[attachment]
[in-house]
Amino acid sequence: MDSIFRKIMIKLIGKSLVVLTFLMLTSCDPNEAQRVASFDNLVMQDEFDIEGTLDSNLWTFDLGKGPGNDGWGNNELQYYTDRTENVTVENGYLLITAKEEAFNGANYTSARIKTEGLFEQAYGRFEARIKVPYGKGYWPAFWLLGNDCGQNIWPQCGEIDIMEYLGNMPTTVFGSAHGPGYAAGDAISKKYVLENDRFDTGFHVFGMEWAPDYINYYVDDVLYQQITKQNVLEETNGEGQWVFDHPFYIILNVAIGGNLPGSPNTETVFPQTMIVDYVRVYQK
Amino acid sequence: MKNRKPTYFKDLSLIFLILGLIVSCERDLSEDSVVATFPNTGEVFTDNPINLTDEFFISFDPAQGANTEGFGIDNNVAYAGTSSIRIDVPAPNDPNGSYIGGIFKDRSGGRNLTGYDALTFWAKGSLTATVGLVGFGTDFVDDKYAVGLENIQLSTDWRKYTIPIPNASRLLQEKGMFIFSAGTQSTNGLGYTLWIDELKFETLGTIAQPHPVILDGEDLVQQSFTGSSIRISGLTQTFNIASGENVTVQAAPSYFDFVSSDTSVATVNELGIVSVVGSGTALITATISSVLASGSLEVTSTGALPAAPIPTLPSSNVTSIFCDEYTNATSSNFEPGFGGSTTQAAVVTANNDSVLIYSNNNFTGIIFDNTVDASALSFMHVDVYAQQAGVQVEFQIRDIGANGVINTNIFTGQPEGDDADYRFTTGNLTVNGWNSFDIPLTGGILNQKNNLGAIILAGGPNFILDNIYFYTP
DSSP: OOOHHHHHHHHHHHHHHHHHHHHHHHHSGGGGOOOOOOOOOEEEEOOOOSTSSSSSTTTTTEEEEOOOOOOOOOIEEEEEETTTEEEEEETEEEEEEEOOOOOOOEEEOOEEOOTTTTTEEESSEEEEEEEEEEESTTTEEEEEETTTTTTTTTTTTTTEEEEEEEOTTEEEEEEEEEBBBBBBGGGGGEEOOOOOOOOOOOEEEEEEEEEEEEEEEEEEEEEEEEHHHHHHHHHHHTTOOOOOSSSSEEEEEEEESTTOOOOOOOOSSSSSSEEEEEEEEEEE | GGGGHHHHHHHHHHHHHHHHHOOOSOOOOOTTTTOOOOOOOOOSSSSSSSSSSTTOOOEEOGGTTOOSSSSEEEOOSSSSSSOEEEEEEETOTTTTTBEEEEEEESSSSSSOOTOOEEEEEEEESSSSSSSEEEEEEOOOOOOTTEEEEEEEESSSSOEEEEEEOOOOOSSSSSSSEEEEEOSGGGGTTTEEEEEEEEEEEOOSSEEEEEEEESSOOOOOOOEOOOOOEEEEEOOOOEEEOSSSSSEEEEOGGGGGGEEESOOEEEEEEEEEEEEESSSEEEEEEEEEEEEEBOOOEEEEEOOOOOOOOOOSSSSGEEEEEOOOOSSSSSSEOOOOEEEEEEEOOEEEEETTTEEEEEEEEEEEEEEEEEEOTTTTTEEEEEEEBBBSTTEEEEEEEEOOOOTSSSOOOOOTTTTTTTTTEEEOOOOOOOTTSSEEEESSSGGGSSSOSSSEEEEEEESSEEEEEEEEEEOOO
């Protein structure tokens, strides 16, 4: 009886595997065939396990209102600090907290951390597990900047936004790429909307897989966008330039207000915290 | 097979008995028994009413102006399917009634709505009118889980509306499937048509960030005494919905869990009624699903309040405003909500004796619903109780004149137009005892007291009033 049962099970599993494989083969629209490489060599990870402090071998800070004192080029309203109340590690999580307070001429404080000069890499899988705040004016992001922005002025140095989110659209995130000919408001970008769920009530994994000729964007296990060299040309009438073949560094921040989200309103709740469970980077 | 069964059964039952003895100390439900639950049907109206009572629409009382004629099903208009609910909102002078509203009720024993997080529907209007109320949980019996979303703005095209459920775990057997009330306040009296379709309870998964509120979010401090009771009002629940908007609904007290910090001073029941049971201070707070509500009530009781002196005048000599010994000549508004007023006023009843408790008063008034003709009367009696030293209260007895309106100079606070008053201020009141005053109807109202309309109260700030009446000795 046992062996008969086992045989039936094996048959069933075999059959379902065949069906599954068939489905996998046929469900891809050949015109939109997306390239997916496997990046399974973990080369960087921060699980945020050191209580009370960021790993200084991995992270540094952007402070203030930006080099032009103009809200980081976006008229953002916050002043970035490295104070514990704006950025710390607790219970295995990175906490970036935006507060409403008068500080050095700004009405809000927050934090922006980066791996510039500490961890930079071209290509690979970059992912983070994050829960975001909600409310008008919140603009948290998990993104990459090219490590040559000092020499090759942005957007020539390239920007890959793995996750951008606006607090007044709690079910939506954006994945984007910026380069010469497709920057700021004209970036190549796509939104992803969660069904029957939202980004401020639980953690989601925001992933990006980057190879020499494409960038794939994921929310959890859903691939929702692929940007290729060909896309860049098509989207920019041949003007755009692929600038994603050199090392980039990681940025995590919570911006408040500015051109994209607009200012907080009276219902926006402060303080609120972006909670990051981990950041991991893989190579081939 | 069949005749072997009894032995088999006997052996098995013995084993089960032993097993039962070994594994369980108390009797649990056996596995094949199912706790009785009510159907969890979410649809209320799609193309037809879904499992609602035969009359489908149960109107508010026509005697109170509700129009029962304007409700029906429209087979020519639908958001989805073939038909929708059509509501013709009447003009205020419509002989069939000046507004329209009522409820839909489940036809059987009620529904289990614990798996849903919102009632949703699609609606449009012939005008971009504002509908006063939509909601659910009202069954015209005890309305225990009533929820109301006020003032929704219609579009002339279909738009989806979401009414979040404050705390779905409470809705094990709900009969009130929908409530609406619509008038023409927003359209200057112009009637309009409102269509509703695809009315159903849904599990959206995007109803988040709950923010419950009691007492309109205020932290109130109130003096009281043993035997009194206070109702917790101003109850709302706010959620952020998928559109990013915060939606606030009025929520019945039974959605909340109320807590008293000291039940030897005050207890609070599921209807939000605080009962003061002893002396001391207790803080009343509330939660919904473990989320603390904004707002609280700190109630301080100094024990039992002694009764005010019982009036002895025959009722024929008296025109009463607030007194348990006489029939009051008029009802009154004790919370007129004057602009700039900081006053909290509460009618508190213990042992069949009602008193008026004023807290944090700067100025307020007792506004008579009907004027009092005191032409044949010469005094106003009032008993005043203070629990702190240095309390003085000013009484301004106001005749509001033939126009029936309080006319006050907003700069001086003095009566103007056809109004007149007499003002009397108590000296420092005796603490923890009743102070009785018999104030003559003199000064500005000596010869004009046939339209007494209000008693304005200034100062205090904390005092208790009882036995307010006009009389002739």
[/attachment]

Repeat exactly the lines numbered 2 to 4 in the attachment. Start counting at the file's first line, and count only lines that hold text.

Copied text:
Amino acid sequence: MDSIFRKIMIKLIGKSLVVLTFLMLTSCDPNEAQRVASFDNLVMQDEFDIEGTLDSNLWTFDLGKGPGNDGWGNNELQYYTDRTENVTVENGYLLITAKEEAFNGANYTSARIKTEGLFEQAYGRFEARIKVPYGKGYWPAFWLLGNDCGQNIWPQCGEIDIMEYLGNMPTTVFGSAHGPGYAAGDAISKKYVLENDRFDTGFHVFGMEWAPDYINYYVDDVLYQQITKQNVLEETNGEGQWVFDHPFYIILNVAIGGNLPGSPNTETVFPQTMIVDYVRVYQK
Amino acid sequence: MKNRKPTYFKDLSLIFLILGLIVSCERDLSEDSVVATFPNTGEVFTDNPINLTDEFFISFDPAQGANTEGFGIDNNVAYAGTSSIRIDVPAPNDPNGSYIGGIFKDRSGGRNLTGYDALTFWAKGSLTATVGLVGFGTDFVDDKYAVGLENIQLSTDWRKYTIPIPNASRLLQEKGMFIFSAGTQSTNGLGYTLWIDELKFETLGTIAQPHPVILDGEDLVQQSFTGSSIRISGLTQTFNIASGENVTVQAAPSYFDFVSSDTSVATVNELGIVSVVGSGTALITATISSVLASGSLEVTSTGALPAAPIPTLPSSNVTSIFCDEYTNATSSNFEPGFGGSTTQAAVVTANNDSVLIYSNNNFTGIIFDNTVDASALSFMHVDVYAQQAGVQVEFQIRDIGANGVINTNIFTGQPEGDDADYRFTTGNLTVNGWNSFDIPLTGGILNQKNNLGAIILAGGPNFILDNIYFYTP
DSSP: OOOHHHHHHHHHHHHHHHHHHHHHHHHSGGGGOOOOOOOOOEEEEOOOOSTSSSSSTTTTTEEEEOOOOOOOOOIEEEEEETTTEEEEEETEEEEEEEOOOOOOOEEEOOEEOOTTTTTEEESSEEEEEEEEEEESTTTEEEEEETTTTTTTTTTTTTTEEEEEEEOTTEEEEEEEEEBBBBBBGGGGGEEOOOOOOOOOOOEEEEEEEEEEEEEEEEEEEEEEEEHHHHHHHHHHHTTOOOOOSSSSEEEEEEEESTTOOOOOOOOSSSSSSEEEEEEEEEEE | GGGGHHHHHHHHHHHHHHHHHOOOSOOOOOTTTTOOOOOOOOOSSSSSSSSSSTTOOOEEOGGTTOOSSSSEEEOOSSSSSSOEEEEEEETOTTTTTBEEEEEEESSSSSSOOTOOEEEEEEEESSSSSSSEEEEEEOOOOOOTTEEEEEEEESSSSOEEEEEEOOOOOSSSSSSSEEEEEOSGGGGTTTEEEEEEEEEEEOOSSEEEEEEEESSOOOOOOOEOOOOOEEEEEOOOOEEEOSSSSSEEEEOGGGGGGEEESOOEEEEEEEEEEEEESSSEEEEEEEEEEEEEBOOOEEEEEOOOOOOOOOOSSSSGEEEEEOOOOSSSSSSEOOOOEEEEEEEOOEEEEETTTEEEEEEEEEEEEEEEEEEOTTTTTEEEEEEEBBBSTTEEEEEEEEOOOOTSSSOOOOOTTTTTTTTTEEEOOOOOOOTTSSEEEESSSGGGSSSOSSSEEEEEEESSEEEEEEEEEEOOO